Wednesday, July 09, 2008

Thoughts on Schooling and Neurology

I read an interesting book covering all kinds of topics related to neuroplasticity, that is the growing scientific understanding that the brain can change in structure in function. It is The Brain that Changes Itself by Norman Doidge. The book covered brain injury, mental and emotional disorders, pain, sexual attraction and love, and a number of other topics.

One chapter, on severe learning disabilities and a woman who had developed "brain exercises" which are highly effective in improving them, contained an idea which I thought was interesting and which seemed to support the claims of some "Classical" curriculum proponents. The author noted how some older schooling practices were quite similar to these highly effective brain exercises:
The irony of this new discovery is that for hundreds of years educators did seem to sense that children's brains had to be built up through exercises of increasing difficulty that strengthened brain functions. Up through the nineteenth and early twentieth centuries a classical education often included rote memorization of long poems in foreign languages, which strengthened the auditory memory (hence thinking in language) and an almost fanatical attention to handwriting, which probably helped strengthen motor capacities and thus not only helped handwriting but added speed and fluency to reading and speaking.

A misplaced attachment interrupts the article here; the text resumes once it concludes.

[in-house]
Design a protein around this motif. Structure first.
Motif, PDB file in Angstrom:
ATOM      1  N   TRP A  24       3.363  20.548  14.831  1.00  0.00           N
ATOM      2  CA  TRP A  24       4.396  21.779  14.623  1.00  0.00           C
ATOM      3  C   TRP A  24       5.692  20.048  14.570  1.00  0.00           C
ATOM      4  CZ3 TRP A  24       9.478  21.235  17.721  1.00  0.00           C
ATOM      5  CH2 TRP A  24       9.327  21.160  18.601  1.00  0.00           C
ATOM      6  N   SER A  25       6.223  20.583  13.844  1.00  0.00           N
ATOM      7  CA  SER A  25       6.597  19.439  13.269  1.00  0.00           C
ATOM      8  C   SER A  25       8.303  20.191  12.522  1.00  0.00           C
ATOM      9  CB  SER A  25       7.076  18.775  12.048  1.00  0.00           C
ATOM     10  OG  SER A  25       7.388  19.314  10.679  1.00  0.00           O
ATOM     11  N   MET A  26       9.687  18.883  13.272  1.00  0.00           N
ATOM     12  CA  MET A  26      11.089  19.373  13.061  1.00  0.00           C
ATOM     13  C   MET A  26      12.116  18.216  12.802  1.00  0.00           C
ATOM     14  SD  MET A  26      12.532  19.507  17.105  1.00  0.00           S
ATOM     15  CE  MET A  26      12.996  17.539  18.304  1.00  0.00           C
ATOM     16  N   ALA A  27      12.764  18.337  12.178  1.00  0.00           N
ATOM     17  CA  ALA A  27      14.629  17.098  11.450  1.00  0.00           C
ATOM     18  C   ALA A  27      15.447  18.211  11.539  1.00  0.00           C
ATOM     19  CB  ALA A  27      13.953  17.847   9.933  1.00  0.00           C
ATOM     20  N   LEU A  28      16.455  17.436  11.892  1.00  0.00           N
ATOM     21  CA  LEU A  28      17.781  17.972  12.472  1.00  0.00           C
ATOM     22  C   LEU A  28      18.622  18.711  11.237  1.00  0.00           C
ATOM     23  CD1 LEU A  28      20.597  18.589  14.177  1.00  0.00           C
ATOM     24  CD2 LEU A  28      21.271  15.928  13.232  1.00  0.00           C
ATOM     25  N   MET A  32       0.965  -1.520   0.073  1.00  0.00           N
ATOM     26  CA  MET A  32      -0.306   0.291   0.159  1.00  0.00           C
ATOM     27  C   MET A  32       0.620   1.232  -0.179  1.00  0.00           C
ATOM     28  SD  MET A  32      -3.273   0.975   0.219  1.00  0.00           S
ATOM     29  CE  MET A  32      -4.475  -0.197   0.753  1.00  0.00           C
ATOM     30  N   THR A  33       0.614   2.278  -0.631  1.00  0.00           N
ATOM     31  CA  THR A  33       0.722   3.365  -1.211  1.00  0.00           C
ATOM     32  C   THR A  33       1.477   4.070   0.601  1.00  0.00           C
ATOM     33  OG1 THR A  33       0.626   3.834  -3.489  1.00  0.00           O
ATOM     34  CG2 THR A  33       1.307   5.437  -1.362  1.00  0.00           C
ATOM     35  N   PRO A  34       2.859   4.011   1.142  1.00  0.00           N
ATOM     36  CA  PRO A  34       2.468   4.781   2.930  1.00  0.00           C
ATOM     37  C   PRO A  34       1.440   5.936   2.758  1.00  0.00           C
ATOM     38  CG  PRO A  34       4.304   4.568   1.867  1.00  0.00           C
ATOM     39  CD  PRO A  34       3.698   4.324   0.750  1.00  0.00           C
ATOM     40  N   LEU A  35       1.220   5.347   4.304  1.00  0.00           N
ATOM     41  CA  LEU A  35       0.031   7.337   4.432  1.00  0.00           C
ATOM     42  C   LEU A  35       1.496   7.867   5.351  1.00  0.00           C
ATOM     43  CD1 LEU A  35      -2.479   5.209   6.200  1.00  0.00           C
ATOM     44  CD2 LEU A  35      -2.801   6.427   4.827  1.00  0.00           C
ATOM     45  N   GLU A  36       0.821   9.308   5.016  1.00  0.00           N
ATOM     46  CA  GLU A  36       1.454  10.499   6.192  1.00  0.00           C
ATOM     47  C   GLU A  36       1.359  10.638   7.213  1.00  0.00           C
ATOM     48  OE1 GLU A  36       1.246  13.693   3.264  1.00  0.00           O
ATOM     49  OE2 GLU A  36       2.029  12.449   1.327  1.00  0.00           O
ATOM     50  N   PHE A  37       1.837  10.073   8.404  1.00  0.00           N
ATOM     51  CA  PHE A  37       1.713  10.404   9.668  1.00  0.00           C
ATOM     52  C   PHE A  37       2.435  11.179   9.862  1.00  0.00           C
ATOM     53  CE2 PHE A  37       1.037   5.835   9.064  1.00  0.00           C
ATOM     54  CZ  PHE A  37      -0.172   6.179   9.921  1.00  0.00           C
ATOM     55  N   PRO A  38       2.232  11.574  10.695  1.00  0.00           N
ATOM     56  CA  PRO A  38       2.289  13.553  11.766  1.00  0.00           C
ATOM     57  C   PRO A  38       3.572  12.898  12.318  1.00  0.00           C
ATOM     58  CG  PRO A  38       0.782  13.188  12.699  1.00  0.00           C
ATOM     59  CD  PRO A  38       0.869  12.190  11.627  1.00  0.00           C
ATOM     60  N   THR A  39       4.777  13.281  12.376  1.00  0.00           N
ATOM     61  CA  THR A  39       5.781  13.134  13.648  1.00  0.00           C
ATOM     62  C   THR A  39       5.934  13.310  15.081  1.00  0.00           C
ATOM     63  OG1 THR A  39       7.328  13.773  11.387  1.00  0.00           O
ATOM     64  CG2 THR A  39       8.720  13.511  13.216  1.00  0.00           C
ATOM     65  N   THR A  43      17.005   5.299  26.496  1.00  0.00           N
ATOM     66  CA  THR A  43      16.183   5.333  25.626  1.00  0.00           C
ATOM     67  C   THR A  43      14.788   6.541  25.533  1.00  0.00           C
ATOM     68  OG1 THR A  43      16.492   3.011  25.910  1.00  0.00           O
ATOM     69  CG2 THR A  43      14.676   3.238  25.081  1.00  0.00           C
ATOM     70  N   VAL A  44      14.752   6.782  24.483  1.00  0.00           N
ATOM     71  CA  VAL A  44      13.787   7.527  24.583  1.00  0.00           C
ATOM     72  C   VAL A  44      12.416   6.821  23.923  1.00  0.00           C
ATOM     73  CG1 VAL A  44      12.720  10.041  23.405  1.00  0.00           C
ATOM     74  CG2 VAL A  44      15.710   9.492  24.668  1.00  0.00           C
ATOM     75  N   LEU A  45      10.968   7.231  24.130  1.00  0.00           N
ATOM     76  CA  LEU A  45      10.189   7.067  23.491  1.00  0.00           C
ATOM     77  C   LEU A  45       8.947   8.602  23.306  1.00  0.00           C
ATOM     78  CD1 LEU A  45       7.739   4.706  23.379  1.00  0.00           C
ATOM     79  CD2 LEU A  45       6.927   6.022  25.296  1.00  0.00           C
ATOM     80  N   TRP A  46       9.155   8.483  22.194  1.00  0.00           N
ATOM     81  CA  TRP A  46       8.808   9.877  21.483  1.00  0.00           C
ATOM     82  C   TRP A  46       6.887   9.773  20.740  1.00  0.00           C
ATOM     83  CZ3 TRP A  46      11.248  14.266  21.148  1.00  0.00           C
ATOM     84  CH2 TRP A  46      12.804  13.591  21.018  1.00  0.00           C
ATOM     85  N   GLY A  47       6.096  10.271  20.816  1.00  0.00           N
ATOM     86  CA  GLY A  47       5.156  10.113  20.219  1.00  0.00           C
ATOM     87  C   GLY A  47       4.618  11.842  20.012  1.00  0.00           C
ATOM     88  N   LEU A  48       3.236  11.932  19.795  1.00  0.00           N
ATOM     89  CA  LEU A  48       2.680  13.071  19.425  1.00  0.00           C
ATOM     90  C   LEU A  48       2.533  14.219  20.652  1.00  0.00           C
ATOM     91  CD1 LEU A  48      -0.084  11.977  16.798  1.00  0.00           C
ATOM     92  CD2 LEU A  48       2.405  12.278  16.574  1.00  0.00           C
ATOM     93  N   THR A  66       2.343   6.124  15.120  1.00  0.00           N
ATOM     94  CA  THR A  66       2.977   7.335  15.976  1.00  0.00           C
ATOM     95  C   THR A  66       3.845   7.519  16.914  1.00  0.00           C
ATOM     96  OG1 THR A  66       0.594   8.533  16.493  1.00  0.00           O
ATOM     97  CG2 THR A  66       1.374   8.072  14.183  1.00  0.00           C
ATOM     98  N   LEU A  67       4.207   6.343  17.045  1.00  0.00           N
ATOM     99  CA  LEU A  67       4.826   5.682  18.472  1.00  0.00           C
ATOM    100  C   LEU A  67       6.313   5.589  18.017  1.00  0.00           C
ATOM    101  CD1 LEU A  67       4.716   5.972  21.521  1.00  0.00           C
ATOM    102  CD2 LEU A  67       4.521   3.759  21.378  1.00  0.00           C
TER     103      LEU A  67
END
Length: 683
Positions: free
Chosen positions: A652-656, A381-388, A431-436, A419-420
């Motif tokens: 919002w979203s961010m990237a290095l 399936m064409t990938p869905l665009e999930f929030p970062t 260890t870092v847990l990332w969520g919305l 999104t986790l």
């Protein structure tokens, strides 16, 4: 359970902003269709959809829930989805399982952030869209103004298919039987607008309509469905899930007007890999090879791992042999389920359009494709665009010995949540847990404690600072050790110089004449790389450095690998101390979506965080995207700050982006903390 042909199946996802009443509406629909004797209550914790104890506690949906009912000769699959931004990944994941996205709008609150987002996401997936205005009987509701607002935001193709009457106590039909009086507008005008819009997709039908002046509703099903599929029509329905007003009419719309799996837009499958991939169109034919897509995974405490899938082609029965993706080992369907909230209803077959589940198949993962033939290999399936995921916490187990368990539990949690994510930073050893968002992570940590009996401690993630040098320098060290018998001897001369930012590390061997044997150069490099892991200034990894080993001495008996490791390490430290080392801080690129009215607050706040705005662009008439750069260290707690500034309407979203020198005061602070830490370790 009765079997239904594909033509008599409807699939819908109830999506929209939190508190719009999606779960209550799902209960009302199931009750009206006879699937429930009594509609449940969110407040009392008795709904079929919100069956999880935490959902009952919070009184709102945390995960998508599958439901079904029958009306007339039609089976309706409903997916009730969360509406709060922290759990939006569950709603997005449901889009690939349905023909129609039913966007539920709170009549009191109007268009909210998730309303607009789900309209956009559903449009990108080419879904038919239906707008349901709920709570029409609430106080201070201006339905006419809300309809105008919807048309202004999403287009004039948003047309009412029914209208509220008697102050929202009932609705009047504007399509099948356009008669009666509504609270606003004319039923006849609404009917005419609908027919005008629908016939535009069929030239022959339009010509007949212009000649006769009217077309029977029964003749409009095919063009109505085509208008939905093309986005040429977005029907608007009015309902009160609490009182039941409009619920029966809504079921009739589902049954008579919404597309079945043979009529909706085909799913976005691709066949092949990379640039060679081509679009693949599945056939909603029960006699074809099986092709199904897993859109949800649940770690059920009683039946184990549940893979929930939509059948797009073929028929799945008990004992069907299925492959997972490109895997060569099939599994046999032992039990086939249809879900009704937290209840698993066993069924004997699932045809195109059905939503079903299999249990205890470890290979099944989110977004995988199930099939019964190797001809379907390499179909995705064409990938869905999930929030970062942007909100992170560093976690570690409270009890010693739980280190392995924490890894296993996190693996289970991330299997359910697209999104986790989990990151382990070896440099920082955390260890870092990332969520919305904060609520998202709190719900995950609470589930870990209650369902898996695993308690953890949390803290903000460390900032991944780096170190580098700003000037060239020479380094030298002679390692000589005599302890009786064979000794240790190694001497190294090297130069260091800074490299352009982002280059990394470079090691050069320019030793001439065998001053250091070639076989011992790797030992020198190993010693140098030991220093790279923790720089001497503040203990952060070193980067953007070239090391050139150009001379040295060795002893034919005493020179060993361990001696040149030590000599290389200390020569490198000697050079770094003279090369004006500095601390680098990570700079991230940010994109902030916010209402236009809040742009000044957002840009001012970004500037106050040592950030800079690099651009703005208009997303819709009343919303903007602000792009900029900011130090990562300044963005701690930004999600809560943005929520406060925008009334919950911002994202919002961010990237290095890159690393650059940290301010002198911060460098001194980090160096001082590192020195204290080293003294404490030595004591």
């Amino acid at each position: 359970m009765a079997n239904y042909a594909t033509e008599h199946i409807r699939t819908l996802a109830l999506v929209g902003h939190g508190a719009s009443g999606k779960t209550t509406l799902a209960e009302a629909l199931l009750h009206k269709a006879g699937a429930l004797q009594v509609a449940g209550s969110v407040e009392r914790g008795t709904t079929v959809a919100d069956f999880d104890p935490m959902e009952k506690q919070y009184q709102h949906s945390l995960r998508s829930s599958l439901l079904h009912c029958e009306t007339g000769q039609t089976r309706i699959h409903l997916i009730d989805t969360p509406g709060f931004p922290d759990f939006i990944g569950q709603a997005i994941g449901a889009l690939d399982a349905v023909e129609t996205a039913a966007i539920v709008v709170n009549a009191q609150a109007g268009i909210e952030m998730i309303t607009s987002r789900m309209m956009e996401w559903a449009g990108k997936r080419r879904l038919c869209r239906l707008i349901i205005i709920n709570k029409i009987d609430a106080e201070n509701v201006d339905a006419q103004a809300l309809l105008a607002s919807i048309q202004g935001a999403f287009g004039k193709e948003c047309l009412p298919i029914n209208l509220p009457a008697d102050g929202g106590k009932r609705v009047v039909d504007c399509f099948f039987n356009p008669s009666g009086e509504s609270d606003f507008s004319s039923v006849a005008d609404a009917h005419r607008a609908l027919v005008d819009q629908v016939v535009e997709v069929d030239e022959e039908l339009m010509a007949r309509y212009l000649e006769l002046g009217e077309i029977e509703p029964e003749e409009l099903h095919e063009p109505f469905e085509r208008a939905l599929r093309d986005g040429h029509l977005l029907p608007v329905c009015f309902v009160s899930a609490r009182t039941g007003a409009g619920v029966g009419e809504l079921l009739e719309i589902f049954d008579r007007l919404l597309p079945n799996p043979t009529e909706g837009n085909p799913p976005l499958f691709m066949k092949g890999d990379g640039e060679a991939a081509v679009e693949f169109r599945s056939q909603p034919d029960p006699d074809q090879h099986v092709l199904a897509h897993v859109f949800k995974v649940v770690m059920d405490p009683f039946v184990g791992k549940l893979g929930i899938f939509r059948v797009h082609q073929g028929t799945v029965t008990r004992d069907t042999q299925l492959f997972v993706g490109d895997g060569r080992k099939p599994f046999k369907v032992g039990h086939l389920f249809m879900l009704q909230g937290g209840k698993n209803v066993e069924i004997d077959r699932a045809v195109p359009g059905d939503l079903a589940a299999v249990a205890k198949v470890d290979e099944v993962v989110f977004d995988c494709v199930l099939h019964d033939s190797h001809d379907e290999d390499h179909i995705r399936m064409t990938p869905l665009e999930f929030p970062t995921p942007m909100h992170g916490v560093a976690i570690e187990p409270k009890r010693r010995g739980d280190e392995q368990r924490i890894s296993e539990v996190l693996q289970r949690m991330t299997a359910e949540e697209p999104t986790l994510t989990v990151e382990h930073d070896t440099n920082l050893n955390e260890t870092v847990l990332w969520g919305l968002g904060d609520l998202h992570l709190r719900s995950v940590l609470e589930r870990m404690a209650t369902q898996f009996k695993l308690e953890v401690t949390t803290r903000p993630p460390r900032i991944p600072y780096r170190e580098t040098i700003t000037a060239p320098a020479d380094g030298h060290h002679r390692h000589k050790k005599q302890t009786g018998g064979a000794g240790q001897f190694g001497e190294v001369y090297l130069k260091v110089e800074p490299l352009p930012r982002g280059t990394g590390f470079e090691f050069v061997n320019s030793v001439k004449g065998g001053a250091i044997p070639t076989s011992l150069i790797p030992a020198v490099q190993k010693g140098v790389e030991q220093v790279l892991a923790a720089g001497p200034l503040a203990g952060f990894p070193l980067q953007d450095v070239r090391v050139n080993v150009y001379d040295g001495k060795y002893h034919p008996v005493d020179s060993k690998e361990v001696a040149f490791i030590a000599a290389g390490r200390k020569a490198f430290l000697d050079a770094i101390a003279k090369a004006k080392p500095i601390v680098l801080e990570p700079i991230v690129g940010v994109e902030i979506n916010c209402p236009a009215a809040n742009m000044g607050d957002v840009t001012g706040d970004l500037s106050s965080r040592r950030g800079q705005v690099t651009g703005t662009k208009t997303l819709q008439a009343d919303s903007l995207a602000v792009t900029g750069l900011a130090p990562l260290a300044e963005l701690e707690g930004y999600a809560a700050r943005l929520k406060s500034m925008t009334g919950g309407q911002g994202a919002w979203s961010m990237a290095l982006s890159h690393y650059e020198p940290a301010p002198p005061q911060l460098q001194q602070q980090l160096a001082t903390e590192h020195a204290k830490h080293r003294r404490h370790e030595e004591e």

Doidge wasn't advocating classical homeschooling, but is suggesting that assessments of strengths and weaknesses could and the use of well designed exercises to increase abilities could become a standard part of education. Yeah, I'd like to see that.

At the same time, this quote seems to support the claims of many "classical method" advocates, such as Laura Berquist who founded the Mother of Divine Grace school and developed their curricula, that memorization and the other classical methologies, like copywork and dictation, develop and prepare the child's mind for learning. Anyway, interesting thoughts.

Last year I'd planned on using Berquist's suggestions from her book Designing Your Own Classical Curriculum with Pauly for K, but they ended up falling by the wayside. Not because they were difficult or didn't work for us, but because I'm lazy and unorganized. This year I went ahead and purchased the MODG 1st Grade syllabus, maybe with more of a plan I'll stick with it better. At least nearly everything they recommend is reusuable so I'm not wasting money.


  1. That is VERY interesting. We are working our way slowly toward doing copywork and the like, and here is more support for that choice. Thanks!

  2. I wonder if you had had such schooling, if you would be less "lazy and forgetful"?

  3. If you haven't seen Susanne Jaeggi's study on Training Working Memory (PNAS), you may want to check it out. Jaeggi's team recorded increases in mental agility (fluid intelligence) of up to 50% after 19 days of focused training with a dual n-back progressive method.

    I was so impressed that I developed a software program using the same method so that anyone can achieve these improvements at home.
    (IQ Training Program)



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